So how do I calculate the rest of the interest rates? This is very easy too but may require some quick notes in the beginning. For each 1/8(.125) of a point it equates to .08 cents in payment per $1000. So an example is if the rate was 5.875% for the same 100K mortgage than the payment would be based $592 per month. ($5.92 x100K). So from there you can simply take that and apply .08 for each number and figure it out. Since the mortgage rates go in one eigth increments, it is easy to figure out. See chart below as example all are per $1000 mortgaged.
6% – $6.00
5.875% – $5.92
5.75% – $5.84
5.625% – $5.76
You got the trend now?
So what if my interest rate is 5%?
simple…. you know that there are 8 parts, so you simply multiply 8 by .08 cents which .64 cents. Than subtract that from $6.00 to come to $5.36/$1000.
This is how you can quickly figure out mortgage calculations on the go with a simple calculator. I kept round numbers, but you can figure out all of the results simply by following this diagram and just memorizing that 6% =$6.00, and that each 1/8=$.08!
Please note: This is not an exact science to coming up with the mortgage calculations, but it will get you within a couple dollars every time.
Let me know if you have any questions or feel free to comment.
January 29th, 2014 by Gary Mawson Jr.
When you are getting ready to purchase a home the first thing that you have to do is get a pre-approval letter from your local bank or mortgage lender. This can be accomplished simply by picking up a phone and calling your local lender. There is no need for you to go and visit them in person. So the first thing that will happen is the mortgage lender will take what is known as the 1003 form (simply put a mortgage application). This consists of your name, address, SSN, Date of Birth, employer info, and bank information. Don’t be shy on this, they are going to get the information either way because they are going to ask for verification of all of this. They will than take this information and run a credit report on you, with your permission of course.
Your credit report will tell your story. It really has a lot of pertinent information for the mortgage lender to make a preliminary decision on whether or not you can truly qualify for a mortgage. If you have never seen a credit you can request a free copy of your credit report by clicking here. Your report will show all of your current debt as well as past accounts in the last seven years that may be inactive or closed. Your score is determined by your length of credit and good standing (this is very basic explanation). All of your creditors such as credit cards, car loans, student loans, etc… report what the credit limit is, how much is owed and also what your minimum monthly payments are. They use these numbers in conjunction with what your income is to determine what is known as the debt to income ratios are.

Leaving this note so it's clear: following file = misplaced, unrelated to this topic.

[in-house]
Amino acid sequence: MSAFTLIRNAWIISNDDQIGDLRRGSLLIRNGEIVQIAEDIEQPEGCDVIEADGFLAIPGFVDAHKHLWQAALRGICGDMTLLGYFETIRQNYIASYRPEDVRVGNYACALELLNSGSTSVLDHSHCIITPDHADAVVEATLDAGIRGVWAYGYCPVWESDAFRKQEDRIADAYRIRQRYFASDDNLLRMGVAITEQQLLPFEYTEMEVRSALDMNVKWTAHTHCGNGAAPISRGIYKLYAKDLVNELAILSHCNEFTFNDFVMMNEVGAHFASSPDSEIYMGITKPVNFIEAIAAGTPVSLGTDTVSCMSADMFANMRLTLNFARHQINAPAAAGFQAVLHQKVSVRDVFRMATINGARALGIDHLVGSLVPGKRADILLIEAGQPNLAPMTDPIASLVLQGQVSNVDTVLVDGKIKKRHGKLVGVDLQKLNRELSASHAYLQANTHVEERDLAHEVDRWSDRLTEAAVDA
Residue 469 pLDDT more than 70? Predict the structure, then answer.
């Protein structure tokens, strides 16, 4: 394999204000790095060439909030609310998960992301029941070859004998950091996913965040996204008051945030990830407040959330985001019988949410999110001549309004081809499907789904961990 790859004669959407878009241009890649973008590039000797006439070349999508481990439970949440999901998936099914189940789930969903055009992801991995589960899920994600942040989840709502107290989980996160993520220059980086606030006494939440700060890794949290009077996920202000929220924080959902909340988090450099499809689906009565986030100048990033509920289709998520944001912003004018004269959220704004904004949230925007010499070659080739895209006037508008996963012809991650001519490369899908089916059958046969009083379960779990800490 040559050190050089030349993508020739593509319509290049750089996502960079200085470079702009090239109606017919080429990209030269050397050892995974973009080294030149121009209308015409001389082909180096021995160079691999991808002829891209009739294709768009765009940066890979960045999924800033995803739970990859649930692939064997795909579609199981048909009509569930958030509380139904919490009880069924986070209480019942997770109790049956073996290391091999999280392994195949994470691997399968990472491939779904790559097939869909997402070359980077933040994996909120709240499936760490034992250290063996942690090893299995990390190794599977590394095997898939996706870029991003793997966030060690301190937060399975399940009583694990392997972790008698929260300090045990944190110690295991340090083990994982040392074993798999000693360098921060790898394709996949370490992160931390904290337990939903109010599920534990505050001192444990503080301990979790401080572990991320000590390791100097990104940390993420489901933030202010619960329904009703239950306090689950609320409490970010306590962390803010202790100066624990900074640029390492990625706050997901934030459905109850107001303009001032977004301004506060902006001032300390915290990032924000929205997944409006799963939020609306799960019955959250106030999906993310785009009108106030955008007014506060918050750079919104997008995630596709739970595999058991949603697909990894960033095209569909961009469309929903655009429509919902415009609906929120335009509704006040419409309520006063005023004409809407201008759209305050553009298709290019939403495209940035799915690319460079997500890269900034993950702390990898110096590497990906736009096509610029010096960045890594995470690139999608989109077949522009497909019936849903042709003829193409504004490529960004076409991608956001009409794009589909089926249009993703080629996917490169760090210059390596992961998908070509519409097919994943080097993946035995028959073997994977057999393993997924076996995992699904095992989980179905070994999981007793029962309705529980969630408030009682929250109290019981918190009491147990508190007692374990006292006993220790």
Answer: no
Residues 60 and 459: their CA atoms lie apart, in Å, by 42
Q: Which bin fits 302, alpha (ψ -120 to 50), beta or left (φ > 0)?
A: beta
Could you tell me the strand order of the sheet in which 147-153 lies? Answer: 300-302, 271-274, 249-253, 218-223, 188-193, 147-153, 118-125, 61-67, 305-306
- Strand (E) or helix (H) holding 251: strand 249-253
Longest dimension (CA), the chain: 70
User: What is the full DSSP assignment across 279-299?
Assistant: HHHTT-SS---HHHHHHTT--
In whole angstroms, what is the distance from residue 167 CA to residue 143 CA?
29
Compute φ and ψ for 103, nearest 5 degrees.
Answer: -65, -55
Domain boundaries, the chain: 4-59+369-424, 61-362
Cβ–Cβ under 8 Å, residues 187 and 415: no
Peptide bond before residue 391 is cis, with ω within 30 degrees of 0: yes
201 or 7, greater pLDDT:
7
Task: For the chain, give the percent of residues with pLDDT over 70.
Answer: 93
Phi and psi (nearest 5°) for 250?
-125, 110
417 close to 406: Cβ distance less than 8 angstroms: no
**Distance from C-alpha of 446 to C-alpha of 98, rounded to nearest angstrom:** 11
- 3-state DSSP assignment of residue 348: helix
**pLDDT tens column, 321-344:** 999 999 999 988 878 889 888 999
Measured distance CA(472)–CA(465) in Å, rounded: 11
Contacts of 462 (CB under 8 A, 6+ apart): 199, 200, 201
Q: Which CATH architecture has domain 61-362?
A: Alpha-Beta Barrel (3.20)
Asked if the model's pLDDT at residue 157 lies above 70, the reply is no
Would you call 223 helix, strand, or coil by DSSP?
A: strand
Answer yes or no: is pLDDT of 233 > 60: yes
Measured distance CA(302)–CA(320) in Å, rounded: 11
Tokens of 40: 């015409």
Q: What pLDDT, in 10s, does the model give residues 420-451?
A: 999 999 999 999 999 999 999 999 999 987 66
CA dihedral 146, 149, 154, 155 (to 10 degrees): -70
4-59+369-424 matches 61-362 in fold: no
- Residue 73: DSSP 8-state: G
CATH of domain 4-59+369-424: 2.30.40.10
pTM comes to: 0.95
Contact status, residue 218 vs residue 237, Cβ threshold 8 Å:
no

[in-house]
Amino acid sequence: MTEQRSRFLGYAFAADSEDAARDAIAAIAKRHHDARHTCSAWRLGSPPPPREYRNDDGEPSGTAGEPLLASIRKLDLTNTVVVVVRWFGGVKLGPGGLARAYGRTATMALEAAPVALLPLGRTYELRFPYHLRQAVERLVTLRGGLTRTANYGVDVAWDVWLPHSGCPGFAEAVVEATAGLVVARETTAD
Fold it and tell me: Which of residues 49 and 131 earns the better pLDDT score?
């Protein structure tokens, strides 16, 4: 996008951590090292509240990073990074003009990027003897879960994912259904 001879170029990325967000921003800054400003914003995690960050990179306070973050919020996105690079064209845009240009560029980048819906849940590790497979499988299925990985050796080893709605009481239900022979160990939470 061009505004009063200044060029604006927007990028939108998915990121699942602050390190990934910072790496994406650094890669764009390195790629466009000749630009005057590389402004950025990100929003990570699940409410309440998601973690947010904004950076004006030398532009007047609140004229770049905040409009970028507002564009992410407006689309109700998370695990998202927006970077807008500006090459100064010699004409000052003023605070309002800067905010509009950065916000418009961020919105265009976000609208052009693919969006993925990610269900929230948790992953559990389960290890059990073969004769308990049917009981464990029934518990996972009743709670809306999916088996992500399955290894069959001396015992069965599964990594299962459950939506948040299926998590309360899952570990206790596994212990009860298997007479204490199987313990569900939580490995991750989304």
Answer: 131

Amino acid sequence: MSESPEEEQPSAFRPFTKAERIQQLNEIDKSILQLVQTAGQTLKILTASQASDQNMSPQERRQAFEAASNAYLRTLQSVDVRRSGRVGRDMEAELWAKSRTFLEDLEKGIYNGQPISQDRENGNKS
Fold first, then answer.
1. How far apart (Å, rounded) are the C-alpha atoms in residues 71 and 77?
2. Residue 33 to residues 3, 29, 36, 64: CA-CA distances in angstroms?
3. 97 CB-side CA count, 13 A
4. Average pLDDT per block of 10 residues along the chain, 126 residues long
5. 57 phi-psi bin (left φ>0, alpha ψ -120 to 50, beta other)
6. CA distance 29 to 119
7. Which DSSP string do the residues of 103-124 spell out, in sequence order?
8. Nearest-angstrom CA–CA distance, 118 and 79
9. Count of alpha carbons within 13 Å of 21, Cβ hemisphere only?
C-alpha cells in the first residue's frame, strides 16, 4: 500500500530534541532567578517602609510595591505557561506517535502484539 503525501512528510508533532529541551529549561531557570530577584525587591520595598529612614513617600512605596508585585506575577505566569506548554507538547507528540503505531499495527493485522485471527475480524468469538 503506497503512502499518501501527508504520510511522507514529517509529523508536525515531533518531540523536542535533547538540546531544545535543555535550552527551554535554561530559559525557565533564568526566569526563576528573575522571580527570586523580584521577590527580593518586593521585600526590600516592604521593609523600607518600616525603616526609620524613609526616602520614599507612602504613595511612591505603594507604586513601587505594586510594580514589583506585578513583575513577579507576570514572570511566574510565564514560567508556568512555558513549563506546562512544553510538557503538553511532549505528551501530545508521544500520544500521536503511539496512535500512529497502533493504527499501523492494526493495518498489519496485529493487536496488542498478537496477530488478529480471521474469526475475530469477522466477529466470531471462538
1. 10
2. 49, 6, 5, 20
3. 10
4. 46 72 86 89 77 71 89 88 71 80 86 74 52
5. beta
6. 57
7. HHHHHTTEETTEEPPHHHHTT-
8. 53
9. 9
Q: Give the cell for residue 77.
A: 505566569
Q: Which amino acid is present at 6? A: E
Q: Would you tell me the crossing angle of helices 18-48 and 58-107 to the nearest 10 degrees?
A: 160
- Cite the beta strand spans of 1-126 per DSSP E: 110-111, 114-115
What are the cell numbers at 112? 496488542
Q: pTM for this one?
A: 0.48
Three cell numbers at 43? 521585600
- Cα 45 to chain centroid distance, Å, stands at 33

Your debt to income ratio will greatly determine what you can afford. The guideline for this is 25% front end ratio, which is the payment of what the mrotgage would cost you compared to your monthly gross income (before tax payments). The back end ratio is 36%, which is the mortgage payment with all of your debts included compared to your monthly debt. Although some lenders have flexibility on both of these numbers with exceptions, these are what the guidelines are for debt to income ratios.
Once they determine what you can afford than they will ask you for a series of documents. Last two years of w2’s and tax returns (this will determine an exact salary number), 2 months of bank statements (this is where your down payment money will come from), and 1 month of your most recent paystubs (verifies that you still make what you did the previous year. After all of this is compiled the bank may ask you for additional information as they deem necessary. If you are self employed be ready to supply much more paperwork in addition to all of this. For instance they are certainly going to ask you for your schedule C.
So some common things that you should avoid doing are making large purchases. If you are planning on buying or trading in your car, contact your mortgage rep first to make sure how it can affect your mortgage. Any large deposits that you make from two months prior to application to the end will have to be accounted for, where it came from and shown. This would include if you get bonuses that vary from month to month.
I understand that this is a lot of information, but this is more so that you can be prepared and informed as you navigate through the process of purchasing a home. If you are still confused we can help make this process less stressful for you.